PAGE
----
Saturday started off really great. I had a rugby game in Cincinnati (our biggest of the season and we won 10-0). For those that don’t know rugby, a 10-0 score in an 80 minute game is pretty low scoring and can attest to the physicality and competition on both sides. Anyway, post win, I was set on hitting the studio, printing some cyanotypes and really catching up on work that I need to make for this show I have coming up on October 16th. A productive and well spent Saturday.
Things started off really well- the arc lamp was cooperating, I got some test strips exposed and was moving right along into the real prints. I rinsed my test strips, took them out of the tray to dry, and left the hose of the sink on what I thought was low enough pressure so that it could continue to fill the tray I was using for when my prints needed to be rinsed. I left the back coating room to go print some transparencies that would be needed for further printing. (I really thought I was killing it here, multitasking and getting a ton of work done). That was a pretty short lived confidence boost.
About 5-8 minutes go by and I go to check the arc lamp only to find that the sink hose has made a jump out of the sink and has been spraying water all over the floor for the entire time I have been away. About a 1/2 inch of water flooded the space into the darkroom hallway and what was even more concerning was that it had flooded it’s way also into the arc lamp room, where the entire power unit for the arc lamp rests about 2 inches above floor level with all of its wiring nicely placed, you guess it, on the floor.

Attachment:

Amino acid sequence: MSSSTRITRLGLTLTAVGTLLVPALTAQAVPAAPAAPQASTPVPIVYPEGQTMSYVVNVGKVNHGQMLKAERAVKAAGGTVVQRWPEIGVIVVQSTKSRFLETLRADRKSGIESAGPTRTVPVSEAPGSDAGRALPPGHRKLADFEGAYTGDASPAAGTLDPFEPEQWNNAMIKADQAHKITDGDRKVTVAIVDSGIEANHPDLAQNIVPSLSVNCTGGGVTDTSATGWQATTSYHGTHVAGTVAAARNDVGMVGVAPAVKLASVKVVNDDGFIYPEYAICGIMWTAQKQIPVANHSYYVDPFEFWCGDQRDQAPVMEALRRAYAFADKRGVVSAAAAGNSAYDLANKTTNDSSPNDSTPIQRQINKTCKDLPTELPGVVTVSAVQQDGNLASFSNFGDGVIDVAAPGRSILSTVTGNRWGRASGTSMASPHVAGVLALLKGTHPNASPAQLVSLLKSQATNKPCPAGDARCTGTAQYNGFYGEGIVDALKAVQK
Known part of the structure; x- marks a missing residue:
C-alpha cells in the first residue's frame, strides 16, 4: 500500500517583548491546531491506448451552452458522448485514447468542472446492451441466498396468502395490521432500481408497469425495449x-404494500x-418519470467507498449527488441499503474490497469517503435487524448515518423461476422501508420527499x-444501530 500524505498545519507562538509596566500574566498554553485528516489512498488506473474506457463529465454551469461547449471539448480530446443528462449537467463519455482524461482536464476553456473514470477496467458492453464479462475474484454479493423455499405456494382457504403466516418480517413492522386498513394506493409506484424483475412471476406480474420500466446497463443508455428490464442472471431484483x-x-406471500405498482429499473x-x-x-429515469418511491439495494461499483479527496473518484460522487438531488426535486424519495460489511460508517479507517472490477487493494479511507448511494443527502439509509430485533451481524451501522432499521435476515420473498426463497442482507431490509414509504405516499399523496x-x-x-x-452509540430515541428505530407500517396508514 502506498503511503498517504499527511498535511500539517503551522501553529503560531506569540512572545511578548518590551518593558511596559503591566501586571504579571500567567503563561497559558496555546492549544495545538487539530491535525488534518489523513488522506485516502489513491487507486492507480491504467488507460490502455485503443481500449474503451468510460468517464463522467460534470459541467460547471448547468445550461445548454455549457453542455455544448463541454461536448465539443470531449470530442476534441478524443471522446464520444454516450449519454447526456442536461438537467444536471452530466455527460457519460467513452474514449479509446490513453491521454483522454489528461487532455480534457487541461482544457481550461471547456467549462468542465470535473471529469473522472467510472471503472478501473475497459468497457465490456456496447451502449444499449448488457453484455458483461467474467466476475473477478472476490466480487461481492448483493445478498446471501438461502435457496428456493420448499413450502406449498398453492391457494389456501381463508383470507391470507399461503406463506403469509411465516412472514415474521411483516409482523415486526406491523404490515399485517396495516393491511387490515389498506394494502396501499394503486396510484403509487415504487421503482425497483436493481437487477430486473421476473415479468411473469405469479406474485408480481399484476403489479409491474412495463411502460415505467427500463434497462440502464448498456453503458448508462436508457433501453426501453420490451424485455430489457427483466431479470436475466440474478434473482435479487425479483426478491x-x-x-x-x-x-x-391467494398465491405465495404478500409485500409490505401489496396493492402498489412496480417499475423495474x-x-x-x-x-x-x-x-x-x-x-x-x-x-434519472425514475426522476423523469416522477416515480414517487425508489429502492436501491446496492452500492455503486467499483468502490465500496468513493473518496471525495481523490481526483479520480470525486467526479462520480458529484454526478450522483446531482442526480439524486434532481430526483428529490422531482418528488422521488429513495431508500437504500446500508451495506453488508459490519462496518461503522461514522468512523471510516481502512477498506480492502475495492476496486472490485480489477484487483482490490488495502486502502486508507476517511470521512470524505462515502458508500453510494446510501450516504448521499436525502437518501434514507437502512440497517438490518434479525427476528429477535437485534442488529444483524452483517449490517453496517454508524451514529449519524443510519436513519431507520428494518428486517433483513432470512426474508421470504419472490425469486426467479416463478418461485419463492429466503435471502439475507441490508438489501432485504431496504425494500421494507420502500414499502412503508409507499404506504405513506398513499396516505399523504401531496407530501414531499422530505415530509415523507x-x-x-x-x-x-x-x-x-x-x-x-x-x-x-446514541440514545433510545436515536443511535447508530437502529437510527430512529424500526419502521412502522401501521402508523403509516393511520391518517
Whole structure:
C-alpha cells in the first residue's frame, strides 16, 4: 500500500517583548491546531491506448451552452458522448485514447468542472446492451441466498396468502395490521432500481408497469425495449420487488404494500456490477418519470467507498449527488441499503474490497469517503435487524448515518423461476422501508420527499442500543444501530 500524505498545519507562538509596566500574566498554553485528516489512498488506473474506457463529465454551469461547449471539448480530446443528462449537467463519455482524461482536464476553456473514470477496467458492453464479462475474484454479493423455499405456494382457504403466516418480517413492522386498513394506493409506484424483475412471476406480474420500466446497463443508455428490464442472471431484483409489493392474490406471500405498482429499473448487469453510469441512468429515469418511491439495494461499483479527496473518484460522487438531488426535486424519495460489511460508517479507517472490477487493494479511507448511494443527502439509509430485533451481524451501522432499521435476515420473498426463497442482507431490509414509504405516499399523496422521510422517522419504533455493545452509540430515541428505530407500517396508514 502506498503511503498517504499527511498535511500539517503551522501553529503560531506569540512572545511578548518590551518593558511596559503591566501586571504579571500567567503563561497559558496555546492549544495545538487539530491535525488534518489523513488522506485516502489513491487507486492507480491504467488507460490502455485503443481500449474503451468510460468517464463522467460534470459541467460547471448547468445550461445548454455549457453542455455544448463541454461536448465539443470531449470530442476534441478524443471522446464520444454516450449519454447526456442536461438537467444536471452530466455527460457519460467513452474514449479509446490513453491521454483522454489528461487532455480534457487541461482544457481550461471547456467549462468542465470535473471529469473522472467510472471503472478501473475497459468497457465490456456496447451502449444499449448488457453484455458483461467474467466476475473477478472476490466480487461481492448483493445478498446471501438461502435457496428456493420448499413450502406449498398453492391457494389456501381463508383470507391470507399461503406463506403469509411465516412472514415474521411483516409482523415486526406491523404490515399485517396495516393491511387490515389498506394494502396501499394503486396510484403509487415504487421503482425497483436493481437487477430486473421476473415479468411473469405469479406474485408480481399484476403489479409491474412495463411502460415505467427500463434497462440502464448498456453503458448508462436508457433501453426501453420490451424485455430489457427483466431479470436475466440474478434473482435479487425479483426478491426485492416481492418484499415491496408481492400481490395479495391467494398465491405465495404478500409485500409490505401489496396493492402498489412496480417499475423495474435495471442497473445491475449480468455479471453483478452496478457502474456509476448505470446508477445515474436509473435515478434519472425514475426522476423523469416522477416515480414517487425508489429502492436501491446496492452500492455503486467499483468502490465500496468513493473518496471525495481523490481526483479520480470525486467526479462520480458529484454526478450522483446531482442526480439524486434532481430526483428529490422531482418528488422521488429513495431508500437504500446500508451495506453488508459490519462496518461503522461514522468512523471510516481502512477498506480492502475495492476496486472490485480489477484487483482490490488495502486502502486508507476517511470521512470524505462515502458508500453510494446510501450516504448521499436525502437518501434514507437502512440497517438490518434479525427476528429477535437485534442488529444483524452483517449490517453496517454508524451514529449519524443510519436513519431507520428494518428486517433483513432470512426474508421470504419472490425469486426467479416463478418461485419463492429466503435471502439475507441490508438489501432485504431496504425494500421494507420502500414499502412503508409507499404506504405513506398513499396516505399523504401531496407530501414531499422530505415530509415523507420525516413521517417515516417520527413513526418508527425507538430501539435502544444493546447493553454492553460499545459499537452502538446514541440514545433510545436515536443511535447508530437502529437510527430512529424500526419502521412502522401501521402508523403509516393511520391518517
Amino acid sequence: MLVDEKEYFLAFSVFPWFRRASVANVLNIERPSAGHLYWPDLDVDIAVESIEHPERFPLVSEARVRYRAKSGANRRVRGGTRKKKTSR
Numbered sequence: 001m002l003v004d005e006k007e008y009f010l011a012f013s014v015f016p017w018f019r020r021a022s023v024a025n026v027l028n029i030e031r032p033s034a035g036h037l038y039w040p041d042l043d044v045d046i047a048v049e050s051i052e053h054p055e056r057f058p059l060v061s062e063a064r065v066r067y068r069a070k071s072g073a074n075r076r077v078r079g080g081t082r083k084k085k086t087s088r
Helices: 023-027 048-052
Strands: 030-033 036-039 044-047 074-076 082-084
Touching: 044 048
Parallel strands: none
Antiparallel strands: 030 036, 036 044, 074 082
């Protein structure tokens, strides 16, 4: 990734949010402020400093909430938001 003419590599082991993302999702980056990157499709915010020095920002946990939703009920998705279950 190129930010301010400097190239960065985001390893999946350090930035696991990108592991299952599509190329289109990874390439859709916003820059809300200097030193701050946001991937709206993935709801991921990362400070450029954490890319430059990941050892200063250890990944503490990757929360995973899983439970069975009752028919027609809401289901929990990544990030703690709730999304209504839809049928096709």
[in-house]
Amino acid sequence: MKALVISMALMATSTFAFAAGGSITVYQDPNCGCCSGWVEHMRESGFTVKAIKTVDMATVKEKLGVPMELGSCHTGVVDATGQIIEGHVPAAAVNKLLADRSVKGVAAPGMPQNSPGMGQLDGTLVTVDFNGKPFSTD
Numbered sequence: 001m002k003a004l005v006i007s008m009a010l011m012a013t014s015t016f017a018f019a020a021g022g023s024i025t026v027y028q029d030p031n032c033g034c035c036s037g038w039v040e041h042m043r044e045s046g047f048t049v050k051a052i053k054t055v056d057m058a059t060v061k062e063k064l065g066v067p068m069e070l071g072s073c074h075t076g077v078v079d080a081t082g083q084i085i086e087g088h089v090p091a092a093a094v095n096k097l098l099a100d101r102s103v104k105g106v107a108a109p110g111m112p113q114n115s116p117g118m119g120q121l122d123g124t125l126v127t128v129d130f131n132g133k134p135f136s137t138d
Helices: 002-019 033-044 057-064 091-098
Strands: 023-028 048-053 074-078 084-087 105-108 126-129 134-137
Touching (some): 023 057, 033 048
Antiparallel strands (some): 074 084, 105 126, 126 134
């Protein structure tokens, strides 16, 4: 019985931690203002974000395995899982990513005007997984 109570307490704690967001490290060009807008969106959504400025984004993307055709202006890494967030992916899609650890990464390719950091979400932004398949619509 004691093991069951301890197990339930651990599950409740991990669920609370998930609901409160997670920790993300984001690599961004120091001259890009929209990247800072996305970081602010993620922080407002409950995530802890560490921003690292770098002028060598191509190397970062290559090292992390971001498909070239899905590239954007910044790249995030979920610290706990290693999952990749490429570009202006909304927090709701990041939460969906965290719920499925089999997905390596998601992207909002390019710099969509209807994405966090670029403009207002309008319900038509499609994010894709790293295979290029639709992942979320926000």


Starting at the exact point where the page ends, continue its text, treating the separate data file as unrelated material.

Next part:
Luckily I was able to turn the arc lamp off, safely get all of the wires out of the way but I then spent about an hour or so mopping up the water because unfortunately there was no maintenance staff that could come help me at 9:00pm on Campus. What a nightmare.
I have since returned to the darkroom this evening and gotten right back into printing. The water is dry- no more floods, thank God and I will no longer be leaving sinks running at any point in time.
Overall I have some pretty mixed feelings about the upcoming show. Not necessarily related to the content, but more in relation to the space and the size of the photographs presented. My show will be in the Byers Gallery on CCAD’s campus. I requested this space because it’s one of the smaller spaces on campus but as I approach the upcoming deadline I am concerned I will not have enough work to fill the walls. Not to mention my sister is getting married this Friday, so I will be away from Columbus starting Wednesday and not returning until the day before my install (Sunday). (A joyous occasion that I am very much looking forward to but just unfortunate timing). As I sit here and think about the time I plan to spend printing over the course of the next two days and all the prep work going into planning for the install I hope I can make it all come together to look professional and complete. Hoping God will bless me with some real time to focus, work, and figure out the best format for the display of all the work- although I know He will. I’m also hoping to be able to get into the gallery space tomorrow and Tuesday evening to start planning some of the work’s layout given it is patched and ready from the previous artwork that was installed.